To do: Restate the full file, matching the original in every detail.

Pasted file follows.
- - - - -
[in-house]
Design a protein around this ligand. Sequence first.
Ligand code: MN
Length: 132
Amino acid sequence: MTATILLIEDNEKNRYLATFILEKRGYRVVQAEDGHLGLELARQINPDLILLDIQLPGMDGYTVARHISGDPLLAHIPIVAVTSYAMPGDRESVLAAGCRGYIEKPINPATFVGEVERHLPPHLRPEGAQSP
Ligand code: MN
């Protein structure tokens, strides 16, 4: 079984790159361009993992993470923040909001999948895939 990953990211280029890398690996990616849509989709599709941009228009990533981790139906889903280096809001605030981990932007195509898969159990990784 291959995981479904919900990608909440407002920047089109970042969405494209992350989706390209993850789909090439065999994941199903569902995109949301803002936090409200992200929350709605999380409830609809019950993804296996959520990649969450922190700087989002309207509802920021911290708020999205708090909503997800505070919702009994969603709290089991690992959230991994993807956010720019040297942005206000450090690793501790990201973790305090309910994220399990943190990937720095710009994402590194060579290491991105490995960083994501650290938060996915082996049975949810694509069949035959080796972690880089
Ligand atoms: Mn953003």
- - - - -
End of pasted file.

[in-house]
Design a protein around this ligand. Sequence first.
Ligand code: MN
Length: 132
Amino acid sequence: MTATILLIEDNEKNRYLATFILEKRGYRVVQAEDGHLGLELARQINPDLILLDIQLPGMDGYTVARHISGDPLLAHIPIVAVTSYAMPGDRESVLAAGCRGYIEKPINPATFVGEVERHLPPHLRPEGAQSP
Ligand code: MN
């Protein structure tokens, strides 16, 4: 079984790159361009993992993470923040909001999948895939 990953990211280029890398690996990616849509989709599709941009228009990533981790139906889903280096809001605030981990932007195509898969159990990784 291959995981479904919900990608909440407002920047089109970042969405494209992350989706390209993850789909090439065999994941199903569902995109949301803002936090409200992200929350709605999380409830609809019950993804296996959520990649969450922190700087989002309207509802920021911290708020999205708090909503997800505070919702009994969603709290089991690992959230991994993807956010720019040297942005206000450090690793501790990201973790305090309910994220399990943190990937720095710009994402590194060579290491991105490995960083994501650290938060996915082996049975949810694509069949035959080796972690880089
Ligand atoms: Mn953003």